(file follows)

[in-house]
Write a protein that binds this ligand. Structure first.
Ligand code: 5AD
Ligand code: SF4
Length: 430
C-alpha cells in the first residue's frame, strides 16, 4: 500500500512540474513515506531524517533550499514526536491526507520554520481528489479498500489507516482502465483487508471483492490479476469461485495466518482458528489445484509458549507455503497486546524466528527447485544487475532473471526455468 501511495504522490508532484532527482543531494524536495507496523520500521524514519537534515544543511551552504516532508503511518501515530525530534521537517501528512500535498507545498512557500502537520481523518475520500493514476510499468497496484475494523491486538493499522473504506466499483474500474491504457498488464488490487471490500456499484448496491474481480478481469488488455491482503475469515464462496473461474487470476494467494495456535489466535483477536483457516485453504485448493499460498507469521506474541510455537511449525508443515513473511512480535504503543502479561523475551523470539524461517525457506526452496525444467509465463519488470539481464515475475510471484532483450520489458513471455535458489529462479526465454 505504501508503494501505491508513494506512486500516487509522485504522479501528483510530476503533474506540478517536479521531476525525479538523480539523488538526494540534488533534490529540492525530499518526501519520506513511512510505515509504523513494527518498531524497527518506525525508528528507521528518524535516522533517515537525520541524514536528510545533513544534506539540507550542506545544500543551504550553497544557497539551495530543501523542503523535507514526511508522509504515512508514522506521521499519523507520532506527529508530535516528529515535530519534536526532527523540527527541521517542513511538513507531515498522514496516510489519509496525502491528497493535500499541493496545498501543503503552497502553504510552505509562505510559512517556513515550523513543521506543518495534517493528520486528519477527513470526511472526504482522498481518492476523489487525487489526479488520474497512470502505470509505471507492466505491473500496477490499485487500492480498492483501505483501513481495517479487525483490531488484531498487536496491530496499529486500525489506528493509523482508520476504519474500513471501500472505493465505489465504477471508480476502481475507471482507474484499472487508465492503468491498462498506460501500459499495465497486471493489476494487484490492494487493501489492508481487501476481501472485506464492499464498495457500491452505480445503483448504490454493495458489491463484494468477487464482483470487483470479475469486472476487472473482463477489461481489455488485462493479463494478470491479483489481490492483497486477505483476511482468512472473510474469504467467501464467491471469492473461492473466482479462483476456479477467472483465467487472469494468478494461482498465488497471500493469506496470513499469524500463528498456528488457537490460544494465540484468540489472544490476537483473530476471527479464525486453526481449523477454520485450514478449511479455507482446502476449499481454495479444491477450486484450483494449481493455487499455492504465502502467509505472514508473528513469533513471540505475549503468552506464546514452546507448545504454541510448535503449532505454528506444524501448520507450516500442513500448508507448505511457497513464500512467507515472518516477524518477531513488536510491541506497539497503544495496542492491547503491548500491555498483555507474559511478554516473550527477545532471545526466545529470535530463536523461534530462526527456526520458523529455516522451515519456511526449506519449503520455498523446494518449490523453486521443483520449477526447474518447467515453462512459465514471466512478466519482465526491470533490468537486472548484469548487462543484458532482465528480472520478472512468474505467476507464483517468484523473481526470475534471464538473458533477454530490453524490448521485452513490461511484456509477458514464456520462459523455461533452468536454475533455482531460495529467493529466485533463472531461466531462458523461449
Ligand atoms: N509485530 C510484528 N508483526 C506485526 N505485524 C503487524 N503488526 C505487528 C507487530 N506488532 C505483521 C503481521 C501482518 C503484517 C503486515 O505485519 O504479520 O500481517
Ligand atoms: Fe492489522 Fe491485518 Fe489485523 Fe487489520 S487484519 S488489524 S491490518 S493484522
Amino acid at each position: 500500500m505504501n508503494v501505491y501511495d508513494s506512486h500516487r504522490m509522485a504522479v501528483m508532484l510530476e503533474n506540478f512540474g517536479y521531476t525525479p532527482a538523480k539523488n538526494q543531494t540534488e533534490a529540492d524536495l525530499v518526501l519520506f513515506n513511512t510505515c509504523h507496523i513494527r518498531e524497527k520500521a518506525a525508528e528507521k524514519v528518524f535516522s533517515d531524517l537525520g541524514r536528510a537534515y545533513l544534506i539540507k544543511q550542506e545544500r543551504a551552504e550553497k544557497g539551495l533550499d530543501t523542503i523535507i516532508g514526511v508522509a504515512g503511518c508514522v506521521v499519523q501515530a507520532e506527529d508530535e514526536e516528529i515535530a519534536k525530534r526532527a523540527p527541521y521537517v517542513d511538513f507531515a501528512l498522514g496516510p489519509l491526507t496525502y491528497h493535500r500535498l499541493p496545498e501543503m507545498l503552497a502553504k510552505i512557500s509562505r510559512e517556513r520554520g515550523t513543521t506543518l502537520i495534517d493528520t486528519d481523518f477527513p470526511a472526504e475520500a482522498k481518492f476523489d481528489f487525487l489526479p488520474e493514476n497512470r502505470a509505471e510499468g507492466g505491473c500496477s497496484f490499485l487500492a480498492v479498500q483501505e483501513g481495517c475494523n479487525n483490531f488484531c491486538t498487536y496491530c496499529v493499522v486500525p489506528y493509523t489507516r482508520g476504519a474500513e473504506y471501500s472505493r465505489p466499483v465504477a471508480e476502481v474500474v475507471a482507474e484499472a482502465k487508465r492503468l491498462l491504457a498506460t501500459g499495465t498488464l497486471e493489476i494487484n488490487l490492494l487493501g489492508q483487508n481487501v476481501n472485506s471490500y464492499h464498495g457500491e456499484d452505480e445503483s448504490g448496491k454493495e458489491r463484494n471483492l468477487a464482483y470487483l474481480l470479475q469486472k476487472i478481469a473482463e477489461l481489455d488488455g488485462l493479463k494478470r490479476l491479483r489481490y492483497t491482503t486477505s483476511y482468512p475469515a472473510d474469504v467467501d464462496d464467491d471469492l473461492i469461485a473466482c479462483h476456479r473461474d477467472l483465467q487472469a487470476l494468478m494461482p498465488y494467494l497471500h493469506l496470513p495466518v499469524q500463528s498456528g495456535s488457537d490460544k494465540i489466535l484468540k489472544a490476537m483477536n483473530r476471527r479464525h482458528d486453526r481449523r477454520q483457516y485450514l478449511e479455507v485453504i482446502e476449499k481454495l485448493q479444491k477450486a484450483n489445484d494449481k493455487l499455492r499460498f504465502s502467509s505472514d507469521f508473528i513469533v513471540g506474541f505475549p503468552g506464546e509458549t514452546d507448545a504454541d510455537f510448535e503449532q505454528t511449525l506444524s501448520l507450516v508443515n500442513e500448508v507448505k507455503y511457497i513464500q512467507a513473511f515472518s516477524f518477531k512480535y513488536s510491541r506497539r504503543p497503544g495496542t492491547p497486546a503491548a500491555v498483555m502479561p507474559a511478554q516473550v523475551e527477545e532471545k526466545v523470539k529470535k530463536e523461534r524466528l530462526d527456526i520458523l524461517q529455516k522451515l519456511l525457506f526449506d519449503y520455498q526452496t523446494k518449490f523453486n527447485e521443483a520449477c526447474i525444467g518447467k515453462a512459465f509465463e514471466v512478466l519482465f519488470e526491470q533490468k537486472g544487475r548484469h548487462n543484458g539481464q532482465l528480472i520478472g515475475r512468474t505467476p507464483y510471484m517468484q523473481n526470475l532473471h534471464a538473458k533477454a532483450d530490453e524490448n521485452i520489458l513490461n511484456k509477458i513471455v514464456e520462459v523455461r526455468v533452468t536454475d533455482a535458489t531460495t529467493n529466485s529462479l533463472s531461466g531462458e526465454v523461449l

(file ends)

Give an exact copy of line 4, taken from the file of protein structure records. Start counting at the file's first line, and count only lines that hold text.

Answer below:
Ligand code: SF4